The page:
Oct. 7 (Bloomberg) -- Heavy rain, gusty winds and possibly isolated tornadoes will sweep across New York City and the U.S. Northeast today, disrupting air travel, forecasters said.
The main threat will be winds of 30 to 40 miles (48 to 64 kilometers) per hour and heavy rain, said Gary Best, a meteorologist at Hometown Forecast Services Inc. in Nashua, New Hampshire. The storms will probably reach New York between 3 p.m. and 4 p.m., he said. An inch (2.5 centimeters) an hour of rain may fall in New York City, causing minor flooding, according to the National Weather Service.
“I strongly encourage all New Yorkers to take extra precautions and stay tuned to local media reports for the latest information on today’s storms,” New York Governor Andrew Cuomo said in a statement.
A tornado watch, meaning the storms are possible, stretches from upstate New York to northern Virginia, including New York City and Philadelphia, until 5 p.m. according to the National Weather Service.
JetBlue Airways Corp., the biggest domestic carrier at New York’s John F. Kennedy International Airport, told travelers today on its website that service may be delayed across 10 airports in the northeastern U.S., from Boston to Washington. Air Canada, that country’s largest airline, waived rebooking fees for passengers traveling to and from seven New England airports.
Delays rippled out from airports along the East Coast. By 1 p.m., flights departing Ronald Regan Washington National Airport were delayed as long as 90 minutes, according to industry data compiler FlightAware.com, while arrivals were running more than 40 minutes late at New York’s LaGuardia Airport and JFK.
“This is the time of the year when the weather can get a little violent, and if everything gels together just right, you get these situations,” Best said by telephone. “The conditions are ripe for a couple of isolated tornadoes and, if it does occur, it will be mainly this afternoon.”
A severe thunderstorm warning has been issued for just east of Utica, New York south into northeastern Pennsylvania, according to the weather service. Wind gusts in excess of 60 mph are possible.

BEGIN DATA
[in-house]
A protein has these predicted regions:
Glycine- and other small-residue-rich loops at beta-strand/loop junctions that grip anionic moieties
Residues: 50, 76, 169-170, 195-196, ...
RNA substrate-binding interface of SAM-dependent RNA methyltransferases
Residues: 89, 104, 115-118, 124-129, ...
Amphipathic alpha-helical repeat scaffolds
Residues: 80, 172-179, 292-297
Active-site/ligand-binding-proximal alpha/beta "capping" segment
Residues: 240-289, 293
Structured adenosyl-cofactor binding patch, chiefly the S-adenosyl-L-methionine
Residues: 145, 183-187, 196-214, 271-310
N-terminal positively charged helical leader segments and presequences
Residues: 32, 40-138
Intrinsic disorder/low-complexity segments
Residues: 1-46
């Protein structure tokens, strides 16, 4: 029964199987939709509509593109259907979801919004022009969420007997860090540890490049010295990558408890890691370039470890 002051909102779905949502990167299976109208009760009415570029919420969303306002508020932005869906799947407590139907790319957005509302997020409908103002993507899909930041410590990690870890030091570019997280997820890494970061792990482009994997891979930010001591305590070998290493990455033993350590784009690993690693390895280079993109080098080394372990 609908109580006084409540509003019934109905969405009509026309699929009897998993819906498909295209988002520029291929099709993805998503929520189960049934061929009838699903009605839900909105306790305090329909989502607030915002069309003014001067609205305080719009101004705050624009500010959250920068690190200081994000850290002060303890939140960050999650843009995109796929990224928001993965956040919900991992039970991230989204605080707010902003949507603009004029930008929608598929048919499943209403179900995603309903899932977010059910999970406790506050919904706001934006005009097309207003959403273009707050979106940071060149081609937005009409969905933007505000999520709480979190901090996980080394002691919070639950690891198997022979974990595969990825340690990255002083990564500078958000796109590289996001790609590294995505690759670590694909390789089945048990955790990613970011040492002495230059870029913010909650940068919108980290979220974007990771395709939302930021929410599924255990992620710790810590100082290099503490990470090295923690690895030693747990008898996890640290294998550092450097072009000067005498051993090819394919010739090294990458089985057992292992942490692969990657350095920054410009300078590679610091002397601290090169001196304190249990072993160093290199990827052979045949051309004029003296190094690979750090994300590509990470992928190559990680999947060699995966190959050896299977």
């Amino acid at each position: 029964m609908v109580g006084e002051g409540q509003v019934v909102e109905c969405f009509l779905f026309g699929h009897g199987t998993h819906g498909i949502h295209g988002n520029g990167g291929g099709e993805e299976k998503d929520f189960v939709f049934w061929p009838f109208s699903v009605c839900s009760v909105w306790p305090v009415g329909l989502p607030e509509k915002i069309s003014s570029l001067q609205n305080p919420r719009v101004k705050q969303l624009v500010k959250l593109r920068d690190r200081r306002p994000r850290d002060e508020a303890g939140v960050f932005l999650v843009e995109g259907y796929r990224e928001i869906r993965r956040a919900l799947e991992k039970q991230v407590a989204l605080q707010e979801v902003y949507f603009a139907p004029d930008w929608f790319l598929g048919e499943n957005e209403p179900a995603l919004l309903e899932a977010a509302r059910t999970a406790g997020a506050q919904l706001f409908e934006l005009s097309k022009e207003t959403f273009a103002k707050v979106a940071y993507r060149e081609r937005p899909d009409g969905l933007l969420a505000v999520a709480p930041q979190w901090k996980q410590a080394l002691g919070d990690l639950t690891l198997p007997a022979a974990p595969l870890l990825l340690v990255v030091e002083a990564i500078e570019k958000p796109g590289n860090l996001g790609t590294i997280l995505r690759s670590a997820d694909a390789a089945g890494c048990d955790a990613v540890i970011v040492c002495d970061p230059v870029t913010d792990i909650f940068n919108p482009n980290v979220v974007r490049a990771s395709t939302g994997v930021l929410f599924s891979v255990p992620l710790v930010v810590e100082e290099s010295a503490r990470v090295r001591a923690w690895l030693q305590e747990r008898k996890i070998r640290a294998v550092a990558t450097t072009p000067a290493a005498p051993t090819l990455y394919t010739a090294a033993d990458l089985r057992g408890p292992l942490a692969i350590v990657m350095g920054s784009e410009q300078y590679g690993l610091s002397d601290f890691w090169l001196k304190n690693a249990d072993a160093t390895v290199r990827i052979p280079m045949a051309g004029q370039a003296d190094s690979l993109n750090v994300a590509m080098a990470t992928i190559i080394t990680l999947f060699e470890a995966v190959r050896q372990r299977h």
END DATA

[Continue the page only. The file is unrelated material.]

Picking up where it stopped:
Cuomo told New York residents to heed storm warnings, avoid flooded streets and tie down lawn furniture and other objects that could be hurled by gusting winds.
“Weather conditions can change with little warning, so it is important that New Yorkers take appropriate measures to ensure their preparation and safety throughout severe weather events,” he said.
The clash of cold air moving into the U.S. Northeast from the west and a pocket of warm and humid air already there will set up just the right conditions for rain, thunderstorms and maybe an isolated tornado, said Mark Paquette, a meteorologist at AccuWeather Inc. in State College, Pennsylvania.
“It should cause some major headaches,” Paquette said by telephone. “Anytime you have winds, there will be delays, and not only that, but there will be blinding downpours, so certainly expect delays and possibly shutdowns.”
Eastern Pennsylvania, northwestern New Jersey and the lower Hudson Valley as well as the Catskills have a 5 percent chance of experiencing the destructive storms, according to the U.S. Storm Prediction Center in Norman, Oklahoma. Elsewhere in the Northeast, the odds of a tornado forming are about 2 percent.
Several trees have already been reported knocked over by winds from the front in Pennsylvania and Virginia, according to the storm center. About 4,389 electric customers in both states have lost power, including 1,600 in Richmond, according to utilities.
Paquette said the weather pattern reminds him more of something that would happen in August or July.
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